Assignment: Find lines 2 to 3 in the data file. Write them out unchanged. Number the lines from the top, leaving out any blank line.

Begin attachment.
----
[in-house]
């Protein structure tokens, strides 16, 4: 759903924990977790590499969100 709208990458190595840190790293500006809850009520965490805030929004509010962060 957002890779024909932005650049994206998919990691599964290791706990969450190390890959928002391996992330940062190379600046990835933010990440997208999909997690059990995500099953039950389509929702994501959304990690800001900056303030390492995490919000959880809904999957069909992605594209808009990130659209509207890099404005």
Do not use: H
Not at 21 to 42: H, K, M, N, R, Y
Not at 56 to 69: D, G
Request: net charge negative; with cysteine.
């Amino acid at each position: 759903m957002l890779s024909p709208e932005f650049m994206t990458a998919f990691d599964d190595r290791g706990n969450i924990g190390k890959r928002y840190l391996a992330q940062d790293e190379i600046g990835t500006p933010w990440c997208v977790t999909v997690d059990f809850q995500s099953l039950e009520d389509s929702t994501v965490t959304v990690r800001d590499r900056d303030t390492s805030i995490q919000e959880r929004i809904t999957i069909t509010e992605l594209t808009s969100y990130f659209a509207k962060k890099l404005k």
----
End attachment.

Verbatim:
């Protein structure tokens, strides 16, 4: 759903924990977790590499969100 709208990458190595840190790293500006809850009520965490805030929004509010962060 957002890779024909932005650049994206998919990691599964290791706990969450190390890959928002391996992330940062190379600046990835933010990440997208999909997690059990995500099953039950389509929702994501959304990690800001900056303030390492995490919000959880809904999957069909992605594209808009990130659209509207890099404005």
Do not use: H